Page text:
Urbanism, Architecture, and the Use of Space

With a relatively small population and large land area, space is affordable in the Solomon Islands. In urban areas, however, the choice of space is limited because of the restricted availability of houses and the nature of freehold land tenure. In such circumstances, Solomon Islanders have to fit into these new environments and quickly adapt to what is generally known as the taon kalsa ("town culture"). This includes developing relationships with one's neighbors from other islands and sharing transportation.

Houses in towns usually take the form of the Western bungalow with three bedrooms on average. These are built mostly of cement and timber, with corrugated iron roofing. A kitchen and other convenient amenities are included therein. Often, however, the practice of having in-house toilets infracts the tradition, as still practiced in rural areas, of having separate toilets for men and women as a sign of deep respect for one's siblings.

In rural areas, large villages are often situated on tribal land. Villages comprise individual families placing their homes next to other relatives. There is usually a village quad (square) where children can play and meetings can be held. Sometimes, village squares are used for games consisting of intervillage competitions. In other areas, family homes are made on artificial islands built over shallow shoals in a lagoon by gathering rocks and piling them together to make a "home over the sea." This lifestyle has several advantages: living over the sea is generally cooler, most of these artificial islands are mosquito-free, and families have greater privacy so they can bring up their children as they wish without the undesirable influences from other children.

In rural areas, most Solomon Island dwellings are made of sago-palm thatching often with a separate kitchen. Most dwellings are rectangular in shape, raised on stilts with windows for ventilation to take advantage of the frequent land and sea breezes. A separate kitchen is convenient where open-stove cooking is done especially with the family oven, which is used for large Sunday cooking or for public festivals, such as weddings and funerals.

For those who live in mountain areas, which often experience cold nights, houses are generally built low. Often the living area includes a fireplace for heat. In places such as the Kwaio Mountains, on Malaita, where traditional worship is still practiced, men's houses are built separate from family houses. Also, the separately built bisi (menstruating and birthing hut) is where women go during monthly menses and during childbirth.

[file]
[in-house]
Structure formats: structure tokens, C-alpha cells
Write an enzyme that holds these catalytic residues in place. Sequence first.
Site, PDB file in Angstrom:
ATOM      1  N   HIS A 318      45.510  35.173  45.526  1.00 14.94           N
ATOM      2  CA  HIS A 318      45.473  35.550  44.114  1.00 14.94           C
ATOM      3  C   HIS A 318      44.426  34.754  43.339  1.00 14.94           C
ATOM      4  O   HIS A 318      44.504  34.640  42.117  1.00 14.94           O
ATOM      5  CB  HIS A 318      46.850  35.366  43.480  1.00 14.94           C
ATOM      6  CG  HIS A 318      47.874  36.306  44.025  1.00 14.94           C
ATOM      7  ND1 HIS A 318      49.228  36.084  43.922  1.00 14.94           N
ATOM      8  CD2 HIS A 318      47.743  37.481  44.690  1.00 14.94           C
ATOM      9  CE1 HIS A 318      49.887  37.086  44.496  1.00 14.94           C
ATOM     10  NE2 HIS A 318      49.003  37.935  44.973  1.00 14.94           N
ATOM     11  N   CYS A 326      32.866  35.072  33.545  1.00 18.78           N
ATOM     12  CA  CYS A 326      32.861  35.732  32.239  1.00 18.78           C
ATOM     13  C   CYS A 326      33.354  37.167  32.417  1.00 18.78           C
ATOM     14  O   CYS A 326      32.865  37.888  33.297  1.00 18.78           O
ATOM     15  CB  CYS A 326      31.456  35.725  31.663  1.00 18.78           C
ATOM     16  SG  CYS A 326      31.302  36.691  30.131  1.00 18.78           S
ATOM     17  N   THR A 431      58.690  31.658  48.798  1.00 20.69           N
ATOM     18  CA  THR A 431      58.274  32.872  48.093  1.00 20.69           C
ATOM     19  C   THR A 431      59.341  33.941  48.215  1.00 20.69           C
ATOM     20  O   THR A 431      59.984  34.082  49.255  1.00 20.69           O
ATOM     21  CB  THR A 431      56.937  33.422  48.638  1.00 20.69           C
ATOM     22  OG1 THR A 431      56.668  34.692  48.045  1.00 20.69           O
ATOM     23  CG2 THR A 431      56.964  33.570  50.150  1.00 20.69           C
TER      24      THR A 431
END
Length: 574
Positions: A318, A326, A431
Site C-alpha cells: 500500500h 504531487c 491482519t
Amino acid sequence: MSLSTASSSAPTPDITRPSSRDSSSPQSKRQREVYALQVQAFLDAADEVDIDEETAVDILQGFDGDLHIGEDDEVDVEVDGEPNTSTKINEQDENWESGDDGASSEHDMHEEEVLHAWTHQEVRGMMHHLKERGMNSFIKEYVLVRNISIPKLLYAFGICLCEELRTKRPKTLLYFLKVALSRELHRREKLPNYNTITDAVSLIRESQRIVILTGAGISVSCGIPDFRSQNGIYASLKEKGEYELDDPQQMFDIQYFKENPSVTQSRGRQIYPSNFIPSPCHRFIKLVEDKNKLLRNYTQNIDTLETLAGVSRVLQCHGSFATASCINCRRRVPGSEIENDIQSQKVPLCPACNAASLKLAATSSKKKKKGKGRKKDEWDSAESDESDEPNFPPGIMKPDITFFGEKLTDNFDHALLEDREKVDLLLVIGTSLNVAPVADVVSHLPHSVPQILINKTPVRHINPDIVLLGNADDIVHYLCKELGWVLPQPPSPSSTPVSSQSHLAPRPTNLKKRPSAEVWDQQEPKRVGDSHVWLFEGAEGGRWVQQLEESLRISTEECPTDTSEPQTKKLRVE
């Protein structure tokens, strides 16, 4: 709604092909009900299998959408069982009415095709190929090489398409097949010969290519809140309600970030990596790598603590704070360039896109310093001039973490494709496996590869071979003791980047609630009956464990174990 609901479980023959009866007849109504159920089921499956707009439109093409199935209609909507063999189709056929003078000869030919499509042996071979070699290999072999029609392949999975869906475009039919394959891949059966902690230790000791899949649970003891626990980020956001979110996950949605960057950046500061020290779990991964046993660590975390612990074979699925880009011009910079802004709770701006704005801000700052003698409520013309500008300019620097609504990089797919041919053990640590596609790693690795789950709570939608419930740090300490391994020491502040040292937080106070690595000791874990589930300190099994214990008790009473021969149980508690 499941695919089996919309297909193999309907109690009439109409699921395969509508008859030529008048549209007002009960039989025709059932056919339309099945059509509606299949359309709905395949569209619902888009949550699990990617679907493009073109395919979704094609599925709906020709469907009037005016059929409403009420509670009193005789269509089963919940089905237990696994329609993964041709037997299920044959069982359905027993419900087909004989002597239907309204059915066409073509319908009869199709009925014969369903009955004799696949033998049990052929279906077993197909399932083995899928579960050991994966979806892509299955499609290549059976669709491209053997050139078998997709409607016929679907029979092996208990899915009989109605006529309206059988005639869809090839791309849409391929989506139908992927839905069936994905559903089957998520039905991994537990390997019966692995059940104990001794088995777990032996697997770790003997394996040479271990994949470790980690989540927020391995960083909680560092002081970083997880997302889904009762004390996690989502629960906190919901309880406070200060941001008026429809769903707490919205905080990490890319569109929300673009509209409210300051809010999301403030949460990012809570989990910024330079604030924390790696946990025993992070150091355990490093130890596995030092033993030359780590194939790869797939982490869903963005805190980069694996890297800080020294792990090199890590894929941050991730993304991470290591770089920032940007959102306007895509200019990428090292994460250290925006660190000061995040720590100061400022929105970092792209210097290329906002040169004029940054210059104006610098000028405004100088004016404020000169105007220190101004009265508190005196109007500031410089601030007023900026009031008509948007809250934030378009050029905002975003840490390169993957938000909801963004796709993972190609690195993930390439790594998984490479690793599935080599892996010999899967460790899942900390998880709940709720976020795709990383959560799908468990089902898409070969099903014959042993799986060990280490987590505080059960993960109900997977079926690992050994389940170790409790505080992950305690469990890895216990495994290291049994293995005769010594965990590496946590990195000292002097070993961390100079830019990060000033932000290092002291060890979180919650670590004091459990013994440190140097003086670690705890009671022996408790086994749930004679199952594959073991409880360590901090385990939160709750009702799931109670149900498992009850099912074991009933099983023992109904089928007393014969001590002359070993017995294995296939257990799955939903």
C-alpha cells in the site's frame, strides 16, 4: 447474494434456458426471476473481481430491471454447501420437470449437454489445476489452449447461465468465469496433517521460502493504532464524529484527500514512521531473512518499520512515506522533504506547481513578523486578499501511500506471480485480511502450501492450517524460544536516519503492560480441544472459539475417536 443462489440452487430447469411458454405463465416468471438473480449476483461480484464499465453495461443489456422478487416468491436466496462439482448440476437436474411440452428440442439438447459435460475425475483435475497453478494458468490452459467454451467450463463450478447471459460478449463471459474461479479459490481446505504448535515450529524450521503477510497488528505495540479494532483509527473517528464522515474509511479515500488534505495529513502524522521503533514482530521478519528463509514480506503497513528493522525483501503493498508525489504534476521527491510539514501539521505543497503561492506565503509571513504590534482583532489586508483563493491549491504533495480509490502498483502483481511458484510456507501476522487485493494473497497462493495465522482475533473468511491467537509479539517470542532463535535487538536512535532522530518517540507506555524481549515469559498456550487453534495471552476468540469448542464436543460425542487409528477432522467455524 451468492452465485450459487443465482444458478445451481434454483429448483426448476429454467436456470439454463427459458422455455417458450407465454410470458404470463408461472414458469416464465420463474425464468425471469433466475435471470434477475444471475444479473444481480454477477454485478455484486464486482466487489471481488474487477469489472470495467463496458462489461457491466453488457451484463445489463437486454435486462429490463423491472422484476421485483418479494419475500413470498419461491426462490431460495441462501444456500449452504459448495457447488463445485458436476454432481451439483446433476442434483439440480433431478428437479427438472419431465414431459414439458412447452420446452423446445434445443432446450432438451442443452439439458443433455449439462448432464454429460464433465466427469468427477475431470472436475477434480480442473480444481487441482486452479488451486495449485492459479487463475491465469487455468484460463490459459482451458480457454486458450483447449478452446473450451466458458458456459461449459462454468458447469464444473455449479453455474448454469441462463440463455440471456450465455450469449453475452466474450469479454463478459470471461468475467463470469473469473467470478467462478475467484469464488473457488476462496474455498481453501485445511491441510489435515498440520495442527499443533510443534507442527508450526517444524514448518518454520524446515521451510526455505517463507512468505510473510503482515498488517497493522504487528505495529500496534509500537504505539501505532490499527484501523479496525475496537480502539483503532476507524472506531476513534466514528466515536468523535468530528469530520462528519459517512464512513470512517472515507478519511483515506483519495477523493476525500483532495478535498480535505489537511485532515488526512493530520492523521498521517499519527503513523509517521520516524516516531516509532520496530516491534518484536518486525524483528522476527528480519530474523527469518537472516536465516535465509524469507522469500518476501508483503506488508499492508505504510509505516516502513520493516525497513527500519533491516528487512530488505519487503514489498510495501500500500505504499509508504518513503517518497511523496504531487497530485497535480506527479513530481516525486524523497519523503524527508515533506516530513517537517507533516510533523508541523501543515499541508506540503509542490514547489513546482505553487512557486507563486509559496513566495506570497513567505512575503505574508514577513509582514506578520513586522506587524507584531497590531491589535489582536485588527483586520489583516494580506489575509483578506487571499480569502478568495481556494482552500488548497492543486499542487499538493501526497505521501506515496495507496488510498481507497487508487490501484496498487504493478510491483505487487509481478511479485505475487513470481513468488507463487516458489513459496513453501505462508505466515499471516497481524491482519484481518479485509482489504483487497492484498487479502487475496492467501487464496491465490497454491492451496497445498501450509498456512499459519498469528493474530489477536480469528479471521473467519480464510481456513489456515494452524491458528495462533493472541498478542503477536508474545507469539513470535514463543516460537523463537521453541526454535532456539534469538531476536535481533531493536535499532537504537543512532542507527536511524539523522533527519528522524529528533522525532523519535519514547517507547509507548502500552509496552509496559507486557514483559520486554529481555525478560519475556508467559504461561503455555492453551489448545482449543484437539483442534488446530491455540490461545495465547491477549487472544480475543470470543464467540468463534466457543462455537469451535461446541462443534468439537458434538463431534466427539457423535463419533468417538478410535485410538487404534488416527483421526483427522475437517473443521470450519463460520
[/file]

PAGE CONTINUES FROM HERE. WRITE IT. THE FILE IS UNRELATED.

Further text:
An important piece of national architecture is the parliament house, which was built as a gift from the United States to Solomon Islands. The building features rich frescoes in the ceiling telling stories of various life-phases in the islands. On the pinnacle of the roof overlooking the whole town are carvings of ancestral gods, which are totemic guides to the different peoples. The building epitomizes the unity of the country besides being a symbolic haven for democratic deliberation and decision making.

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King Solomon

The biblical King Solomon was known for his wisdom, his wealth and his writings. He became ruler in approximately 967 B.C.E. and his kingdom extended from the Euphrates River in the north to Egypt in the south. His crowning achievement was the building of the Holy Temple in Jerusalem. Almost all knowledge of him is derived from the biblical books of Kings I and Chronicles II.

Solomon was the son of King David and Bathsheba. Solomon was not the oldest son of David, but David promised Bathsheba that Solomon would be the next king. When David’s elder son Adonijah declared himself king, David ordered his servants to bring Solomon to the Gihon spring where the priest anointed him while David was still alive. Solomon inherited a considerable empire from his father.

At first Solomon was faced with opposition. Two of David’s closest advisors, Joab son of Zeruiah and the priest Abiathar, sided with Adonijah. When Adonijah came to Solomon and requested the king’s servant as a wife, Solomon saw that this was a veiled threat to take over his kingdom and sent a messenger to kill Adonijah. He banished Abiathar to the city of Anathoth. Solomon then followed his father’s last instructions in which David had ordered him to kill both Joab and one of his father’s enemies, Shimei son of Gera. Solomon thus overcame the last potential threats to his kingdom. He then appointed his friends to key military, governmental and religious posts.

Solomon accumulated enormous wealth. He controlled the entire region west of the Euphrates and had peace on his borders. Kings I states that he owned 12,000 horses with horsemen and 1,400 chariots. Remains of stalls for 450 horses have in fact been found in Megiddo. Solomon strengthened his kingdom through marital alliances. Kings I records that he had 700 wives and 300 concubines, although some regard this number as an exaggeration. 2 He had a large share in the trade between northern and southern countries. He established Israelite colonies around his province to look after military, administrative and commercial matters. The empire was divided into twelve districts, with Judah constituting its own political unit and enjoying certain privileges.